Remote Learning World Language

Remote Learning Crisis-Response Toolbox: Teachers Are The True Heroes in This Story!

Check out this webinar on Youtube! More examples! 

Before we get started, please pat yourself on the back because you are an awesome educator who curated resources, transformed your house into a learning center for your kids and someone’s in a matter of days.

With regards to remote learning, I have realized that we are all operating on 60% battery life. We are drained from the stresses that the stay-at-home order has placed on our families, routines, and incomes. I set out from the beginning to approach my new found reality in the simplest terms possible, and below I have listed some crisis-response curricular shifts that have been working for me (I also recorded a webinar earlier this week with Teacher’s Discovery on this very topic, check it out): 

  1. Mental Jedi trick: Adjust the dial on your expectations! The lower they are, the less frustrated you will be when things don’t line up! On my first day engaging students, I expected everything to go wrong from students not knowing how to mute to audio, to being flooded with extraneous sounds, etc. I pictured myself as one of the trauma doctors on Grey’s anatomy, trying to crike a patient and while simultaneously performing chest compressions (and blood squirting all everywhere. Sorry for the vivid imagery here). Establishing this mental disposition beforehand, or even giving in a bit to my “Negative bias” made me happier in the end. The first week, I was able to celebrate the little victories, which made me more pleasant to deal with. 
  1. Stretch between breaks. Sitting for too long makes you even more tense. If possible, take a one minute stretch break. This helps me to relieve the pressure, inject a change of pace ( below we’ll talk about planning in such a way that you’re able to do this). In fact, I am so good at stretching my back now that I might not go back to my chiropractor once the stay-at-home order is lifted.  

Managing The Workload

3. Break assignments down into manageable chunks. Don’t try to go all out or make this tantamount to your “in-class experience; it’s not and the quicker you realize this (managing expectations), the better off you will be.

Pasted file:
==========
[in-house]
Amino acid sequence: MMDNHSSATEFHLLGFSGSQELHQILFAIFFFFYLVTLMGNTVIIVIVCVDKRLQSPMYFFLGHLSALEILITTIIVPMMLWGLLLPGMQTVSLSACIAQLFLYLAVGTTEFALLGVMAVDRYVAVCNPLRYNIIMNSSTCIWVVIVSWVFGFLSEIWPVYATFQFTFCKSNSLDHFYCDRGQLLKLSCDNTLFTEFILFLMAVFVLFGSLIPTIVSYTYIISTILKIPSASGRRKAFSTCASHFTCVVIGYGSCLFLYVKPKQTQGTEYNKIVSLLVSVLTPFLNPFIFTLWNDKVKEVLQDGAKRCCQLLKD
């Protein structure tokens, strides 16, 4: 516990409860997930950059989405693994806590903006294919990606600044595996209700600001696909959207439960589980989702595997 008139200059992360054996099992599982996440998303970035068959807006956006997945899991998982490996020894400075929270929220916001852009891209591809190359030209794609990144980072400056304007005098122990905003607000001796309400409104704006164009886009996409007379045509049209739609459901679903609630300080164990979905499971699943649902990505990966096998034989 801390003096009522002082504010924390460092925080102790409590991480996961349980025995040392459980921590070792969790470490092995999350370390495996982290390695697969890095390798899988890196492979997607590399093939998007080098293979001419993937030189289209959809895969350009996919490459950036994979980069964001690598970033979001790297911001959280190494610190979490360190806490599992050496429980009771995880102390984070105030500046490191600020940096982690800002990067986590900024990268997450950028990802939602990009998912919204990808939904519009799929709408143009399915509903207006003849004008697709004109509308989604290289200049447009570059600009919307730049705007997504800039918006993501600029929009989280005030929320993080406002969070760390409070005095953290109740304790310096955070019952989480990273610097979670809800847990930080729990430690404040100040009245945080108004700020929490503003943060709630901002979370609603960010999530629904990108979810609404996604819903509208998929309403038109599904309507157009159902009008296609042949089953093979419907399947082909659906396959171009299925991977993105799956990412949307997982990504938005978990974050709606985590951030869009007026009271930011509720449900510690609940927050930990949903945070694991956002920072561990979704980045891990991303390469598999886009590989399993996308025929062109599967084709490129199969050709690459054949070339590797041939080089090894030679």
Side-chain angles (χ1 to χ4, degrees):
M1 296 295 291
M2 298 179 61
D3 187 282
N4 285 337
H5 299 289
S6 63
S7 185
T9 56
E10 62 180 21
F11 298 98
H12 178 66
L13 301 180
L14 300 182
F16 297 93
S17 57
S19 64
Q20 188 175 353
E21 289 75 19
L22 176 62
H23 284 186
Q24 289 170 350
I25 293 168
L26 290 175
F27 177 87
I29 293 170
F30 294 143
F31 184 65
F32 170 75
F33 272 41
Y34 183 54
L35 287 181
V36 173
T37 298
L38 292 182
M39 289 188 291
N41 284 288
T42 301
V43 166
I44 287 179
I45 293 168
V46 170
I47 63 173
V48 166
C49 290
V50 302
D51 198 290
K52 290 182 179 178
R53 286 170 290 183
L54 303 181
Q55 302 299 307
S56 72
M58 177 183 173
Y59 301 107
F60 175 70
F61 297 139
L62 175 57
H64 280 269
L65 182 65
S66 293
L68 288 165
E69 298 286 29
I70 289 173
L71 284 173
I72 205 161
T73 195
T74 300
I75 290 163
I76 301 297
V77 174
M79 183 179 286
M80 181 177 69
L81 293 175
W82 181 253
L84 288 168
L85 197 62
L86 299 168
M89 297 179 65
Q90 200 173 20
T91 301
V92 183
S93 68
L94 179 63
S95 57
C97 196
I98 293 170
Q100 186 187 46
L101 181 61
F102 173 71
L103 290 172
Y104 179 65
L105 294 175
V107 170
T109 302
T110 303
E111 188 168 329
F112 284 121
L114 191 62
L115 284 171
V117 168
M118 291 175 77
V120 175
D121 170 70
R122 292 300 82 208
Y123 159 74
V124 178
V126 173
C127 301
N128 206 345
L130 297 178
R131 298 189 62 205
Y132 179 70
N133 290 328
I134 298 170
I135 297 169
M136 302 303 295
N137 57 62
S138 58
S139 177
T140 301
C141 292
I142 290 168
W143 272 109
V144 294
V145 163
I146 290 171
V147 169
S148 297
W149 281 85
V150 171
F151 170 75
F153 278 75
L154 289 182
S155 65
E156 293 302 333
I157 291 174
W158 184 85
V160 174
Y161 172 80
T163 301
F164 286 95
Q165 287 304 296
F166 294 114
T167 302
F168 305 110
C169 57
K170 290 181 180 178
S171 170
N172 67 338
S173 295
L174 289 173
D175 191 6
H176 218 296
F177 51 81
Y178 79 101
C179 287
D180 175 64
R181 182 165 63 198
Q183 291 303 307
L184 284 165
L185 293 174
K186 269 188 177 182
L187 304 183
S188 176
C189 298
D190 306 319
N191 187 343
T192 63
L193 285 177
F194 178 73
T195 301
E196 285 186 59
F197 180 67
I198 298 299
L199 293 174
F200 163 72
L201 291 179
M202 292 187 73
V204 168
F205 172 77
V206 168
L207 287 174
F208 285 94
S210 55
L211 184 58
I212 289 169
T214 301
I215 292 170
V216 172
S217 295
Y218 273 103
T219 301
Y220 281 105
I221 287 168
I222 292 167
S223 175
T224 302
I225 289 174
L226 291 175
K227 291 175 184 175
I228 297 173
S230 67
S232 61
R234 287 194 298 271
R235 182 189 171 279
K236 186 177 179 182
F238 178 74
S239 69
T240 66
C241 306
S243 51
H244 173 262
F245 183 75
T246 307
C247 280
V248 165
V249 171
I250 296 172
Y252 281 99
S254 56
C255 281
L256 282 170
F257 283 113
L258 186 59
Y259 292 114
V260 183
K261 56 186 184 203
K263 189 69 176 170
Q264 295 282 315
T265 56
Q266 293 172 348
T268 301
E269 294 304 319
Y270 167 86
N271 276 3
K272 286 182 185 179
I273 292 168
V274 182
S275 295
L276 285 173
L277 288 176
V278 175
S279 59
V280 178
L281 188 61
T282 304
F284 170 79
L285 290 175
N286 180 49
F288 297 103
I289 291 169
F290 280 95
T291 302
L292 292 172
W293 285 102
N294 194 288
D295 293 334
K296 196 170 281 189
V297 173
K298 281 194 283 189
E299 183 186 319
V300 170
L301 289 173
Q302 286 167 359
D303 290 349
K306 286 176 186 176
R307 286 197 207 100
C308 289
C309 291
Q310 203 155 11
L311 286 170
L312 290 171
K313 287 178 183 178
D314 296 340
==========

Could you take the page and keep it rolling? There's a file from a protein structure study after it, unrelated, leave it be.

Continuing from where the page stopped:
I assign one big assignment every three days, and students complete only a portion (of the assignment) at a time (one a day).  For example, my level 1 students will be reading a story about their ideal school. Their big assignment is the read an article excerpt from “Qué Tal: Una clase diferente.” Being mindful of their schedules and maybe even new found responsibilities, I endeavor to lighten the load just enough to keep them engaged, afloat, and racking up quick-wins as well. I give only a third of assignments or activities that I would give under normal circumstances.  Below is what my schedule looks like:  

A :Day 1 students are doing pre-vocabulary work for the article they’ll read. Define words, create sentences, share out in the meeting.

B: Day 2: They will read the article. I read the first page to them, asked questions and then had them finish reading and annotating offline. We rejoined and discussed the words, the article, and some characteristics about the class.

C: Day 3. They’ll answer the questions. I give them class time for this. We are all on the platform muted with cameras off.

Other ideas: 

1. Provide a daily prompt or students to journal about. 

2. Provide them with a picture to describe, or a video.

3. Invite someone to your class for students to interview- I did this today with a class who read “La clase de confesiones” and “El escape.” I spent 10 minutes talking to them and they had good questions about the books, my life, and dreams. It was great! You can do this as well. Use your FB community!

4. Make ample time to describe the activity. Provide examples if possible. 

5. Model with students during screen share.

How am I structuring my online classes? 

1. Mood-meter check-in. I have students write in the Google chat (Google Meet) one word describing how they feel. I also use Profe Pistole mood-metered pictures. Students can readily access their mood. Click here for the emotion words with the sloth. Click here for the llama pictures.

2. Since everyone is watching television, I have them describe one series or show they watched using the past tense (level 1). I provide them with the sentence stem in the Google chat. You can use a PPT, but I am really trying to keep it simple.

3. I will introduce the assignment to them. I share my screen and read the directions. I assign students to ask me questions- this is helpful! 

4. I give them 15-20 minutes to do the assignment. I have them mute their mics and turn off their cameras. I do the same. The chat feature is open so I am responding to questions. 

5. We reconvene and I have a few of them share out. I usually call on people. It has been working thus far. 

This has been very breathable schedule and I am able to answer questions and give them space to work.   They don’t feel overwhelmed afterwards. 

What are some ways in which you are making this work for you? Let me know!

If you haven’t downloaded my free resource, get it here! Animated book trailer for “La clase de confesiones” with activities. You don’t need to have the book to do the activity. This resource will be free throughout April. Also, check out the COVID-19 WL thread on Facebook. There are tons of free resources!

Remote Learning Decoded: How To Stay Afloat When Going Remote (Webinar Series)!

Check out my store for good quality materials that  can enrich the remote learning curriculum 

Let’s keep in touch. 


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